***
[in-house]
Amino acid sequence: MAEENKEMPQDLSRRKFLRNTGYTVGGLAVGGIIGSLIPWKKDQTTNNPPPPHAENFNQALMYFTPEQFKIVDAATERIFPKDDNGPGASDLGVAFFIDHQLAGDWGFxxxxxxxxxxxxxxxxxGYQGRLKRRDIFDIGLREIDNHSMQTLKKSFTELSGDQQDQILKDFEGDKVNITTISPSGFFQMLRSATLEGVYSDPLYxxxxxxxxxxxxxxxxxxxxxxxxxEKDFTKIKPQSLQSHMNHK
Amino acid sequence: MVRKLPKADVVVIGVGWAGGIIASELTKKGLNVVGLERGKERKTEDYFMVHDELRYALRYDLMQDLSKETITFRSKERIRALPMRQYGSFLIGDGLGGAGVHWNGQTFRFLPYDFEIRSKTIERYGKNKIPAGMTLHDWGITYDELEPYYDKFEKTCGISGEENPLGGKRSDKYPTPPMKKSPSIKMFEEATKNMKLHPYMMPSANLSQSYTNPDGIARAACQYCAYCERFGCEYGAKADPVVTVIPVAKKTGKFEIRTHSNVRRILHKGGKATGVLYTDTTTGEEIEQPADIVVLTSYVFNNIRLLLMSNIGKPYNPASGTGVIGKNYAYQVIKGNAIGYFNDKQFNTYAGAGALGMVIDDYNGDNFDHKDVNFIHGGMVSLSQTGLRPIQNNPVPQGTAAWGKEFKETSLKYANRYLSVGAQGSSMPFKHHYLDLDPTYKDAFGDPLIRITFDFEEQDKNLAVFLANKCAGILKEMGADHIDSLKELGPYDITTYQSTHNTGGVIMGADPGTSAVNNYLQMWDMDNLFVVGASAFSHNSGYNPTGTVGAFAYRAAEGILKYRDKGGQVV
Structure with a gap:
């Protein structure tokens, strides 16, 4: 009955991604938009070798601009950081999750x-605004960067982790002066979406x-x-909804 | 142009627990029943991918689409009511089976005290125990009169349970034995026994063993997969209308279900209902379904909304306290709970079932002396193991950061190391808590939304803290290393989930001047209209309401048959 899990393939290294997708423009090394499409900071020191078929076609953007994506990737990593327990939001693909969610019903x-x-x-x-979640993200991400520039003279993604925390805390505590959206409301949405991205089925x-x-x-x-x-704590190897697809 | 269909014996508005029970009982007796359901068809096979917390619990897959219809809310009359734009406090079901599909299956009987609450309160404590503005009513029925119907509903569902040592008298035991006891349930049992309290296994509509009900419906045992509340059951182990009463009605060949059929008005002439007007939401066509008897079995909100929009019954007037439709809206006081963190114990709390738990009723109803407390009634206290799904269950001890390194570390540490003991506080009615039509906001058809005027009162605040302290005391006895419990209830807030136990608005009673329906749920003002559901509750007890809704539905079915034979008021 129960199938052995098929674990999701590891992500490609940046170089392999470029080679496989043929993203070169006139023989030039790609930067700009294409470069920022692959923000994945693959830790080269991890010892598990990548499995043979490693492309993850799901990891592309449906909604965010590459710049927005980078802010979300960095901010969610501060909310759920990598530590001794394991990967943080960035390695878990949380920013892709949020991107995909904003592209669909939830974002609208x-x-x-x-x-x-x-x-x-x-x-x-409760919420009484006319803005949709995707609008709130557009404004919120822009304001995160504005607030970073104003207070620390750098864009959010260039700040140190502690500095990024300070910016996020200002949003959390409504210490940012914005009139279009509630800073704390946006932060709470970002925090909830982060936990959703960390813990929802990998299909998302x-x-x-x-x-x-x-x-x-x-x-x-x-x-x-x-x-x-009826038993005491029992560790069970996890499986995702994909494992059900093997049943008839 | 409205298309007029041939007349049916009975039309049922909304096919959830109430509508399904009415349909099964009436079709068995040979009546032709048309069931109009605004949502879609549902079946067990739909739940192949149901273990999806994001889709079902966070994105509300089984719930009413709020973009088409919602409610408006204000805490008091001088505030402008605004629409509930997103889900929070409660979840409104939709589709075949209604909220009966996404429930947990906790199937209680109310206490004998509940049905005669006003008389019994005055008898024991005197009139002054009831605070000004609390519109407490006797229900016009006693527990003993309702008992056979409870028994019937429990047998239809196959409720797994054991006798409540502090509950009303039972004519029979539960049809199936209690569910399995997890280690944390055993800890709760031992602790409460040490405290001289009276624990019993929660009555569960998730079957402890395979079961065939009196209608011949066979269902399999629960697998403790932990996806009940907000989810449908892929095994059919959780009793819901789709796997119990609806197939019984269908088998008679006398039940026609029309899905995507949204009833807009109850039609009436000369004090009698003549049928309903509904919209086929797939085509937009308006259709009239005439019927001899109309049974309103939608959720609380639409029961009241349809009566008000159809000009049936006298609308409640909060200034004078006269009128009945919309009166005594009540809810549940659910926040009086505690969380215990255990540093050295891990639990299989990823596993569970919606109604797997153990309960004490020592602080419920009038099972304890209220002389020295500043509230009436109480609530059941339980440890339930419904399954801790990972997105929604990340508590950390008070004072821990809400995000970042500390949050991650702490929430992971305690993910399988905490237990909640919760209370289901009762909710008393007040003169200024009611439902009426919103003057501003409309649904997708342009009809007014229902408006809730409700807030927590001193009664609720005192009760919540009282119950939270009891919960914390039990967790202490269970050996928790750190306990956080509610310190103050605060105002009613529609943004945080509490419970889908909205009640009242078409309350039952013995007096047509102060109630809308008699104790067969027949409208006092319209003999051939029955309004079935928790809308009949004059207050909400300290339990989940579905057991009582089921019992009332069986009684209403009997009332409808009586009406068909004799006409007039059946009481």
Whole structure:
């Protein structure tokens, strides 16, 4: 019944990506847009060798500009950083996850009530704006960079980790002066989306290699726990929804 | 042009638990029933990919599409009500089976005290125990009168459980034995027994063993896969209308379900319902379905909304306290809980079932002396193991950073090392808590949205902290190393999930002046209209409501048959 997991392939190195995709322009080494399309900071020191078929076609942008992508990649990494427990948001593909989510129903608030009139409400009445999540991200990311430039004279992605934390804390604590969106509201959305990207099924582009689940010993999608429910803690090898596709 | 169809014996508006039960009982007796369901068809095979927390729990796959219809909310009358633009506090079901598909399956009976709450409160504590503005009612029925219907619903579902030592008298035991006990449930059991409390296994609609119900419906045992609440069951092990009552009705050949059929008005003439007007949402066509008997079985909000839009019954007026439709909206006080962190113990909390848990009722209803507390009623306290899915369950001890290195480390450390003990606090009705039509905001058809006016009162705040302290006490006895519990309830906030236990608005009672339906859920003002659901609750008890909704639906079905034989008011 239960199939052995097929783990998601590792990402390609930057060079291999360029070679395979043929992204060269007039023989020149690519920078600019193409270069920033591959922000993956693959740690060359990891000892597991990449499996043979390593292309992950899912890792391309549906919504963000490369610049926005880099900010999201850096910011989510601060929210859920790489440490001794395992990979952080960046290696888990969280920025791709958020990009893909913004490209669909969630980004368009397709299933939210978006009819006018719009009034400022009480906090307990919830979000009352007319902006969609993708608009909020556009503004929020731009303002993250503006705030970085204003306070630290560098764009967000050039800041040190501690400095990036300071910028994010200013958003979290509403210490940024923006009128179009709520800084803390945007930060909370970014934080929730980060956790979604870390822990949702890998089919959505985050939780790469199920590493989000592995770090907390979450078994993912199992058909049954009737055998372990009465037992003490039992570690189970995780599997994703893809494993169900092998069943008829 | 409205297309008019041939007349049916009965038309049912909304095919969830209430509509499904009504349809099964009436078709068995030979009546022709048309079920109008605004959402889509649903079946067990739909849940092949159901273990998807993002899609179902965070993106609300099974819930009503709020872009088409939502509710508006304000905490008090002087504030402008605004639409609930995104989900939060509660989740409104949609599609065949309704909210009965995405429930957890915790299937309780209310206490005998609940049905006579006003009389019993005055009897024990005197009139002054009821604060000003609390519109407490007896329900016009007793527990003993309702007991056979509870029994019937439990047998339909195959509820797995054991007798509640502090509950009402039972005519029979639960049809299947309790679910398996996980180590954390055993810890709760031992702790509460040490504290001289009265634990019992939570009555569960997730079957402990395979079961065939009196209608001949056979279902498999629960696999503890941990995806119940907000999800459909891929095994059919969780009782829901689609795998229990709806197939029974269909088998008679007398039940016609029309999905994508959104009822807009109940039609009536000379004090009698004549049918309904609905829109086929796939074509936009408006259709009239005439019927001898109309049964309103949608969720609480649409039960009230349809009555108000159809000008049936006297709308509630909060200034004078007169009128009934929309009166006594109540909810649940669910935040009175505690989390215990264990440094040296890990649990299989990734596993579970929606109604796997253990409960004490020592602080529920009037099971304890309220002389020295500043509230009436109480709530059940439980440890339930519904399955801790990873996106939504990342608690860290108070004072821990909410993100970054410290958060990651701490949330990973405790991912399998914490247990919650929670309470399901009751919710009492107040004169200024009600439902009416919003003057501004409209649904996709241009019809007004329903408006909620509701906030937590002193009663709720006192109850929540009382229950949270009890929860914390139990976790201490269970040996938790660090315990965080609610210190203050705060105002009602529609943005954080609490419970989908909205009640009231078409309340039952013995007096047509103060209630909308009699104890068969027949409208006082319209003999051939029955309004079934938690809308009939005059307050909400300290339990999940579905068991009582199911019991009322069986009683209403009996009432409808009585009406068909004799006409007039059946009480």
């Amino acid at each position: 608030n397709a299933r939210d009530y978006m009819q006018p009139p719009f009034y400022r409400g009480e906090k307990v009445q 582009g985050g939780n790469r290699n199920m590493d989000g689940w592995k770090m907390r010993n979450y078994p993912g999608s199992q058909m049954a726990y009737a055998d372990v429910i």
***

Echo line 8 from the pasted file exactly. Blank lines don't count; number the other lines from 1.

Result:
């Amino acid at each position: 608030n397709a299933r939210d009530y978006m009819q006018p009139p719009f009034y400022r409400g009480e906090k307990v009445q 582009g985050g939780n790469r290699n199920m590493d989000g689940w592995k770090m907390r010993n979450y078994p993912g999608s199992q058909m049954a726990y009737a055998d372990v429910i």